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cannot play on TV

by Guest on 2022/05/22 01:30:21 AM    
Hi, I apologise for the stupidity of my questions.
76 year old Aussie struggling with tech.
I have a problem with video files I downloaded with Tixati. (Awesome program by the way -  a BIG thank you to the creators).
I can play them on my desktop but not the TV.
The format is sometimes the same for file that do work and files that do not.
For example:
1080p.WEBRip.DD5.1.X.264-EVO
.WEBRip.x265-RARBG
.1080p.BluRay.x265-RARBG
.WEBRip.1600MB.DD5.1.x264-GalaxyRG
.WEBRip.6CH.x265.HEVC-PSA

These files would not play yet the one below did

.1080p.WEBRip.x264-RARBG

The error message states that "Format not supported". Sometime the TV automatically goes to the next file on the USB stick but often I hear the audio but nothing is seen on the screen.
Could you smart young blokes please point me to the error of my ways and tell me how to overcome my problem.
The Mrs. gets very disappointed when I tell her I have a good movie to watch and then I fall on my face.
Help me earn some frequent lover points, please !

Thanks heaps,

P.Z. H.
by Guest on 2022/05/24 09:32:11 PM    
I'm going to go into a lot of detail but I hope I explain it well enough.

A video file has these three main things you should look for to make sure it can be played on your TV.

1) video codec (examples: h264, h265, x264, etc..) Sometimes these also go by other names such as h264/x264 or h265/x265/hevc. Usually this is in the file name (like the examples you gave) or torrent description.
2) audio codec (examples: AAC, AC3, OPUS, MP3, etc..) Usually this is in the file name (like the examples you gave) or torrent description.
3) container (examples: .mp4, .mkv, .avi, etc..) You can look at the file extension of the video and know which container.

Based on the examples you gave it seems like your TV doesn't support x265/HEVC/h265 and some audio codecs. One of the examples you gave had "DD5.1" audio codec but was x264 for the video codec. DD5.1 is Dolby Digital 5.1 and your TV doesn't seem to support that. It would help if you told me the make and model of your TV or you could try going to their website and seeing what video/audio formats it supports.

x265/HEVC/h265 is the various names for a video codec and your TV doesn't seem to support it. OR it could be that the h265 videos you have are in the MKV container and it doesn't support that but it would play if in a MP4 container. Again, I don't know depends on your TV.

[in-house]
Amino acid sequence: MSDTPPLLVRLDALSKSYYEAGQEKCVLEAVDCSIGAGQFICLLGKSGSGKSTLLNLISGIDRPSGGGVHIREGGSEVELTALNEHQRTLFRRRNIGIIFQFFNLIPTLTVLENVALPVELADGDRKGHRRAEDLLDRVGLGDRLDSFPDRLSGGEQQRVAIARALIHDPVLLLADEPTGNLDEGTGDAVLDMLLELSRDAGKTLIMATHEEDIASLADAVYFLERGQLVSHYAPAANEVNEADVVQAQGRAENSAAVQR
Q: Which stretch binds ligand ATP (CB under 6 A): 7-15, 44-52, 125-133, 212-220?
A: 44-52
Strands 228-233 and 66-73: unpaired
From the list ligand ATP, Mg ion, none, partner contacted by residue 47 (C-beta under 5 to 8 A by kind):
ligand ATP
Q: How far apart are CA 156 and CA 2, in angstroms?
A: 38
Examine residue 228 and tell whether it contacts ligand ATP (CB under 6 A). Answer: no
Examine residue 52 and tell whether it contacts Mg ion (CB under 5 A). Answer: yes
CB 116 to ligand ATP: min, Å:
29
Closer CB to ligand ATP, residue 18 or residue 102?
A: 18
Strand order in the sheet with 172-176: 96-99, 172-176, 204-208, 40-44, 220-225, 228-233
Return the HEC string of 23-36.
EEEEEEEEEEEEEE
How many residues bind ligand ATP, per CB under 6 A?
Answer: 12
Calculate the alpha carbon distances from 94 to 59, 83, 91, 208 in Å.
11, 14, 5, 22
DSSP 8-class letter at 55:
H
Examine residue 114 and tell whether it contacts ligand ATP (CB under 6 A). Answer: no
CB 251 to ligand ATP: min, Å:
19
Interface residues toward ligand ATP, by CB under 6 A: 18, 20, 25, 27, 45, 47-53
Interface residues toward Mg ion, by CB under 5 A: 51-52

Here's what you can do.

1) Connect your computer to the TV and play the video from your computer. (This is what I do if I want to play something on my TV. I don't know how far away your desktop is from the TV or if you have a laptop, but I would just connect your computer to the TV and play the video that way. Your TV and computer (probably) support DP/display port or HDMI. If you aren't sure, google pictures of display port and HDMI and look at your TV and computer.)

2) Only download videos that are playable on your TV. (Some content might only be in a codec/container your TV doesn't support.)  MP4 container with h264 video and AAC audio is basically guaranteed to work with almost any TV but not everything uses all three of those. Lookup what your TV supports.)

3) Encode/convert the video to a format playable on your TV using something like Handbrake. (Not recommended. Time consuming and more difficult. https://handbrake.fr/docs/en/latest/  )

Additional resources/information
About containers, video/audio codecs
https://www.youtube.com/watch?v=-4NXxY4maYc
https://www.youtube.com/watch?v=GhWki9a7s18

Mediainfo
https://www.youtube.com/watch?v=Ivy9ckSX1M0
by Guest on 2022/05/26 09:30:34 AM    
Thank you for taking the times to give such clear explanations.
PC to TV link seems to be the easy solution and I will work on that now!
Thank you mother for the rabbits!
:-)
by notaLamer on 2022/06/02 01:57:59 AM    
I'm delighted to see older users still rocking tech and sometimes better than the young.
As an alternative to connecting the TV directly, there're so called DLNA servers that would run on your PC and serve the folder with videos over the local network (LAN). Only if your TV already connects to your Wifi and it's a lot of work too. Projects like Universal Media Server or Plex.

As a hint when you connect your PC to TV:
1) DisplayPort and HDMI cables can transmit audio and video. You'll need to manually choose default audio output to be directed to your TV in Windows settings to watch movies.
2) Windows has multiple modes what to do when two screens are connected, like monitor+TV:
a) only monitor ON
b) only TV ON
c) handle both as separate screens. Like gluing two sheets of paper together - you can move windows between both screens
d) output the same picture on TV and monitor aka "mirror mode". Only works well if the resolution of both displays is the same.

Now that you know this, you shouldn't have any difficulties setting this up once you plug in the cable.




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